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Ted Cruz in 2013: 'Compromise' a Possibility on the 11 Million Undocumented People in U.S.

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"I think there could probably be a compromise on that..."

SIMI VALLEY, CA-SEPTEMBER. 16: Republican presidential candidate Marco Rubio and Ted Cruz onstage during the Republican presidential debates at the Reagan Library in Simi Valley on September 16, 2015. Fifteen Republican presidential candidates are participating in the second of presidential debates(Photo by Justin Sullivan/Getty Images)

Sen. Ted Cruz (R-Texas) said that a compromise on the 11 million undocumented people in the U.S. was possible during an interview with CBS in 2013.

As Cruz and Sen. Marco Rubio (R-Fla.) continue to hit each other over immigration while battling for the Republican presidential nomination, National Review uncovered an interview with CBS News from April 2013 during which Cruz discussed his amendment to the contentious Gang of Eight bill. According to Cruz, his amendment was meant to kill the legislation, but Rubio has said otherwise.

"I think there could probably be a compromise on that...if the path to citizenship was taken off the table," Cruz told CBS' Jan Crawford after she asked about his plans regarding the 11 million people who were in the country illegally.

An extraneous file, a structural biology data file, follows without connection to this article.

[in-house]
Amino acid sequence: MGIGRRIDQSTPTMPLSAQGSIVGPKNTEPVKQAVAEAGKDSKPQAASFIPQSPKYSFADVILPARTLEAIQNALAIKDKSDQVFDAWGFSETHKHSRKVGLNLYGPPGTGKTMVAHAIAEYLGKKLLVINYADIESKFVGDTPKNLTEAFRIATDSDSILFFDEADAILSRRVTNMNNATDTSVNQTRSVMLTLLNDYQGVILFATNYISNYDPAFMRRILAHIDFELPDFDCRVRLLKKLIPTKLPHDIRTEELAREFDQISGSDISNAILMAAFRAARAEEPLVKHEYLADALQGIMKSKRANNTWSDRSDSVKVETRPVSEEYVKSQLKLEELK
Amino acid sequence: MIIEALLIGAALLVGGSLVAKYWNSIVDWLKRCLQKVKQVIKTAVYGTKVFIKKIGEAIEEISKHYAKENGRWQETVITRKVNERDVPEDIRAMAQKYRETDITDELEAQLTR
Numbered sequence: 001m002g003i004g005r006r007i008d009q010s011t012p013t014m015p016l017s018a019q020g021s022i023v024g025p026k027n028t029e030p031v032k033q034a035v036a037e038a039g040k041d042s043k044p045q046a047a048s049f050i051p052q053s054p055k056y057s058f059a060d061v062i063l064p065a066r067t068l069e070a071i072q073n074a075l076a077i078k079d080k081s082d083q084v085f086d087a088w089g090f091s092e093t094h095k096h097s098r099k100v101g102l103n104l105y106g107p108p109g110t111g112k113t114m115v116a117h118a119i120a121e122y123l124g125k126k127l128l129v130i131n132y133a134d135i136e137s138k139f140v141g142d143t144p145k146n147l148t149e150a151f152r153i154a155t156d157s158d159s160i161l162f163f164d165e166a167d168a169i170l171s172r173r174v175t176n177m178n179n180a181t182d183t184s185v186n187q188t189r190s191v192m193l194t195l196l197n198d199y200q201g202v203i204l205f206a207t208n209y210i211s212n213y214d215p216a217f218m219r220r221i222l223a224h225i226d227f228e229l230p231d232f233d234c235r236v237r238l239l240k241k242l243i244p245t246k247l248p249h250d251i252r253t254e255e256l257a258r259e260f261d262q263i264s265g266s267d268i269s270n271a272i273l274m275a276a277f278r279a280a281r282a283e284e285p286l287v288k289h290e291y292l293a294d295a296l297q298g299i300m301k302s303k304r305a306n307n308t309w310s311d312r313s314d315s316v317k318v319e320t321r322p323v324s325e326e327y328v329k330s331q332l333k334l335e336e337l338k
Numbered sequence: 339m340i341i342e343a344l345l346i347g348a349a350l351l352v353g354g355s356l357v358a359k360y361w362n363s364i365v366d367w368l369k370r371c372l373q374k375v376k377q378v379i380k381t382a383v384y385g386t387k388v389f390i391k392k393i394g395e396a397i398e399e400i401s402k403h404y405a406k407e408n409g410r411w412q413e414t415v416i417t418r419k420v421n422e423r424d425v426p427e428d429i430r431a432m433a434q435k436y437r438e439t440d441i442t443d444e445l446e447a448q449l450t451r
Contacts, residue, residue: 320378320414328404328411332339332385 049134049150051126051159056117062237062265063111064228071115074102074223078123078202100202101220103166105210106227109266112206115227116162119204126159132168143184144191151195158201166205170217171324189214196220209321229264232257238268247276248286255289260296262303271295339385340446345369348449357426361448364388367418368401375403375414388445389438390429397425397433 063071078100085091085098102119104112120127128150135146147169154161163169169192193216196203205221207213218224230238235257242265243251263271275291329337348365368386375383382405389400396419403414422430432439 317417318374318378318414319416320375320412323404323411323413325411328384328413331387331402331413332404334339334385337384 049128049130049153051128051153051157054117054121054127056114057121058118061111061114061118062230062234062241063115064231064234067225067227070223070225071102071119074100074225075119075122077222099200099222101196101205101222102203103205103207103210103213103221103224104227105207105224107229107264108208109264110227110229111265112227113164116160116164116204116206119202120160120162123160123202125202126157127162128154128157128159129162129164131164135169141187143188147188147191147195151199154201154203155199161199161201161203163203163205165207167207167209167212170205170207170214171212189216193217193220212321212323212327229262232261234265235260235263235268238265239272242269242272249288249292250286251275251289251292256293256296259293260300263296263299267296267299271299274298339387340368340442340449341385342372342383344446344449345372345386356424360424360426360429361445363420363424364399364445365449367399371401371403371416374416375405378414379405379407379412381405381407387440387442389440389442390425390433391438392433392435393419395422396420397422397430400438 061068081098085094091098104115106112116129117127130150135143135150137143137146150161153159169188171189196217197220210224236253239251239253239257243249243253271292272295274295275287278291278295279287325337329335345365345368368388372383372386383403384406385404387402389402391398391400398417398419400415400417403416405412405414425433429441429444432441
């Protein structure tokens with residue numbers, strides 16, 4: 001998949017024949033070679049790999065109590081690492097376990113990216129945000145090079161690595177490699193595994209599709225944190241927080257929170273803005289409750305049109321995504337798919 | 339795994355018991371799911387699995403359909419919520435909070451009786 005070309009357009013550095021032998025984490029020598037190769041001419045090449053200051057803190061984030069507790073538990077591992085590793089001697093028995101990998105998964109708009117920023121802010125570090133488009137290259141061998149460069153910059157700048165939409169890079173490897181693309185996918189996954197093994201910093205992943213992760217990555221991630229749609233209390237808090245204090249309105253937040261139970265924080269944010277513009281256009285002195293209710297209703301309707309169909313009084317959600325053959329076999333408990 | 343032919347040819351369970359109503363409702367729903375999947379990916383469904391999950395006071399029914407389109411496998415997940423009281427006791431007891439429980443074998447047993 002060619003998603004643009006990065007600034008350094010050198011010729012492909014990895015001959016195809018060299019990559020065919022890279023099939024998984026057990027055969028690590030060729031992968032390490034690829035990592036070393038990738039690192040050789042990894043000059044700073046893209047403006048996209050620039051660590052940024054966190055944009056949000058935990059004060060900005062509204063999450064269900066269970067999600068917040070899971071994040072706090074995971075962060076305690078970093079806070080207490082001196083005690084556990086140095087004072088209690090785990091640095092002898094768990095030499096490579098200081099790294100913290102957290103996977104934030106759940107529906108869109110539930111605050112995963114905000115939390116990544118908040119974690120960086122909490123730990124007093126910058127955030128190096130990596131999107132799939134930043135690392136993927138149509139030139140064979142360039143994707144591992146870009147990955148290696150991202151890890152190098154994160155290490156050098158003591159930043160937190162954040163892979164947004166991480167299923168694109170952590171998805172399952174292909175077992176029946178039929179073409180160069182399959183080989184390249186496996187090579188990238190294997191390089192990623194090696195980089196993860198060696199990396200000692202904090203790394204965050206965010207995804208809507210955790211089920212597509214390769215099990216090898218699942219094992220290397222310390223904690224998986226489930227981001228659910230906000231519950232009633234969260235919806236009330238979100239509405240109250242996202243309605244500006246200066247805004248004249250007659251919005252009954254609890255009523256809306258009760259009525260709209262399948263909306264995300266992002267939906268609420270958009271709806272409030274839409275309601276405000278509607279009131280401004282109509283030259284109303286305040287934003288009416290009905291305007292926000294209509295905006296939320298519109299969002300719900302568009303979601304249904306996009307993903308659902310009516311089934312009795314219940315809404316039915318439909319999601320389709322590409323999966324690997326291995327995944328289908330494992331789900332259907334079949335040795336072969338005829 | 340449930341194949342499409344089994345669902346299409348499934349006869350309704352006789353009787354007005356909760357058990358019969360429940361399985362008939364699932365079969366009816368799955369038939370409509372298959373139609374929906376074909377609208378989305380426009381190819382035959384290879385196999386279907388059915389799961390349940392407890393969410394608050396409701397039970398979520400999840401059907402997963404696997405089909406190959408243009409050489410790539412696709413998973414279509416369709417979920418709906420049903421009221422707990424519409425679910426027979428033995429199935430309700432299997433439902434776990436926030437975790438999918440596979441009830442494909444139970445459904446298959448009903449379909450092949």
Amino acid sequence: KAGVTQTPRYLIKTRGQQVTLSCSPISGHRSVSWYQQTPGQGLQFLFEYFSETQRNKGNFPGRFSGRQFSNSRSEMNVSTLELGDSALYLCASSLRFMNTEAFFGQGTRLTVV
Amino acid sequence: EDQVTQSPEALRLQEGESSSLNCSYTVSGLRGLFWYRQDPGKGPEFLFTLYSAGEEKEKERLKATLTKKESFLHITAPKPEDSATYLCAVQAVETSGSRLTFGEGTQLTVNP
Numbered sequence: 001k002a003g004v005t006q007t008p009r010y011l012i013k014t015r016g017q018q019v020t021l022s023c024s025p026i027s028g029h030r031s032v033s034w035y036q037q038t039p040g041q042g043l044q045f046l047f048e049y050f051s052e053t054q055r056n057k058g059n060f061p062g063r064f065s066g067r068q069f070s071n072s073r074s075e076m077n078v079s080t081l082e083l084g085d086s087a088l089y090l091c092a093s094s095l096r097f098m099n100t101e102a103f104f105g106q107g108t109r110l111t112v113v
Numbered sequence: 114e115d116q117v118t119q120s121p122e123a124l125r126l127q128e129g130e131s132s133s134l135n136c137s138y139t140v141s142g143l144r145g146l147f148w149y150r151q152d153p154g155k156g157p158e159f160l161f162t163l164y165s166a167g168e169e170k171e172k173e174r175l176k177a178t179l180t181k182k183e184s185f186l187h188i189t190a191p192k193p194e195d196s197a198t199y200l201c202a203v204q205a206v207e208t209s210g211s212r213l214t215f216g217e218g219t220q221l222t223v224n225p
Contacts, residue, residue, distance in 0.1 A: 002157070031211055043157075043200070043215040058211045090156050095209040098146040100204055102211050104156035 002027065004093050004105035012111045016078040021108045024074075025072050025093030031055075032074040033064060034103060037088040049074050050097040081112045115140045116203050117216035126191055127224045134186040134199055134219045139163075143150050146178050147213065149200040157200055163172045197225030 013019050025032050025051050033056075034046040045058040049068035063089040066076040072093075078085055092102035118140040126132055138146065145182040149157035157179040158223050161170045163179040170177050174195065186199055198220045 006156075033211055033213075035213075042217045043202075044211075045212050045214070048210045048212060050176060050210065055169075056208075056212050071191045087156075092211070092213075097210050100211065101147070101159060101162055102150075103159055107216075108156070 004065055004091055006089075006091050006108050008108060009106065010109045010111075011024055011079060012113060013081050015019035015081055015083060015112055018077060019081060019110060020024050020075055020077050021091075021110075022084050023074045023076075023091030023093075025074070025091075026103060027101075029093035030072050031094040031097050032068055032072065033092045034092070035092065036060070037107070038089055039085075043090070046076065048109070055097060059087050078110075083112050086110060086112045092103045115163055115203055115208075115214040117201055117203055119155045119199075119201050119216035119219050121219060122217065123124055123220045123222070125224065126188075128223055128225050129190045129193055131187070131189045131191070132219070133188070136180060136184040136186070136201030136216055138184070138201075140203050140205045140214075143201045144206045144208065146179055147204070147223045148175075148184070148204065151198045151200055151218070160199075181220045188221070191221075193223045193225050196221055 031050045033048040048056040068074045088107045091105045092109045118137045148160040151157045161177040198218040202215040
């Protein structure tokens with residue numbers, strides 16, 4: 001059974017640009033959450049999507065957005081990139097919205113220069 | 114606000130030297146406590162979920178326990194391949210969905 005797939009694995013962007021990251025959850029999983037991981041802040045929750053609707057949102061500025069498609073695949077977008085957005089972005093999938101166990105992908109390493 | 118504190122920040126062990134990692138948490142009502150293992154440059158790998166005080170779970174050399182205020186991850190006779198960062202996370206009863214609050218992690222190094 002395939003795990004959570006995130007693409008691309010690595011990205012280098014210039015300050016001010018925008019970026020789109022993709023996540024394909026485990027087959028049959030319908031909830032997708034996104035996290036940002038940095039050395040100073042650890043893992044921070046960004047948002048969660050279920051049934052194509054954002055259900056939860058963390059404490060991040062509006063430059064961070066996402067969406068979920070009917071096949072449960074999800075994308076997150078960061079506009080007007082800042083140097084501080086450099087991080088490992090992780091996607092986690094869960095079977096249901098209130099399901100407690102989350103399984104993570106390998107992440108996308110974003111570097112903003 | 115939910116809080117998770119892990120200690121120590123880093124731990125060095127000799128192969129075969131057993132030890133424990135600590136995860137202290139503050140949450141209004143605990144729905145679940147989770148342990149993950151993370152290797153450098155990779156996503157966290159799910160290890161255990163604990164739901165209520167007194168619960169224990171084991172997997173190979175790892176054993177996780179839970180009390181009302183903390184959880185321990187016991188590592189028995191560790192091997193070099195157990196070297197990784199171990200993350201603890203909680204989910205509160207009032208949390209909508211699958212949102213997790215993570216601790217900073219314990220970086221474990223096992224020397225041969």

Republican presidential candidate Marco Rubio and Ted Cruz onstage during the Republican presidential debates on September 16, 2015. (Photo by Justin Sullivan/Getty Images)

As National Review reported, Cruz also slammed President Barack Obama on his lack of wanting the passage of an immigration bill.

"I think the President wants to campaign on immigration reform in 2014 and 2016," Cruz said. "And I think the reason that the White House is insisting on a path to citizenship for those who are here illegally is because the White House knows that insisting on that is very likely to scuttle the bill."

Rick Tyler, Cruz's national spokesman, told National Review that Cruz was simply using the bill's rhetoric in order to push for his amendment during the interview.

"That doesn't mean that he would give them a path to legalization, he would not," Tyler said. "He never supported the underlying bill, but he was using that amendment to show that this whole thing was a farce, and it worked."

According to Real Clear Politics' aggregated polling data, Cruz is polling in second at 16.6 percent with Rubio right behind at 12.4 percent.

(H/T: National Review)

 

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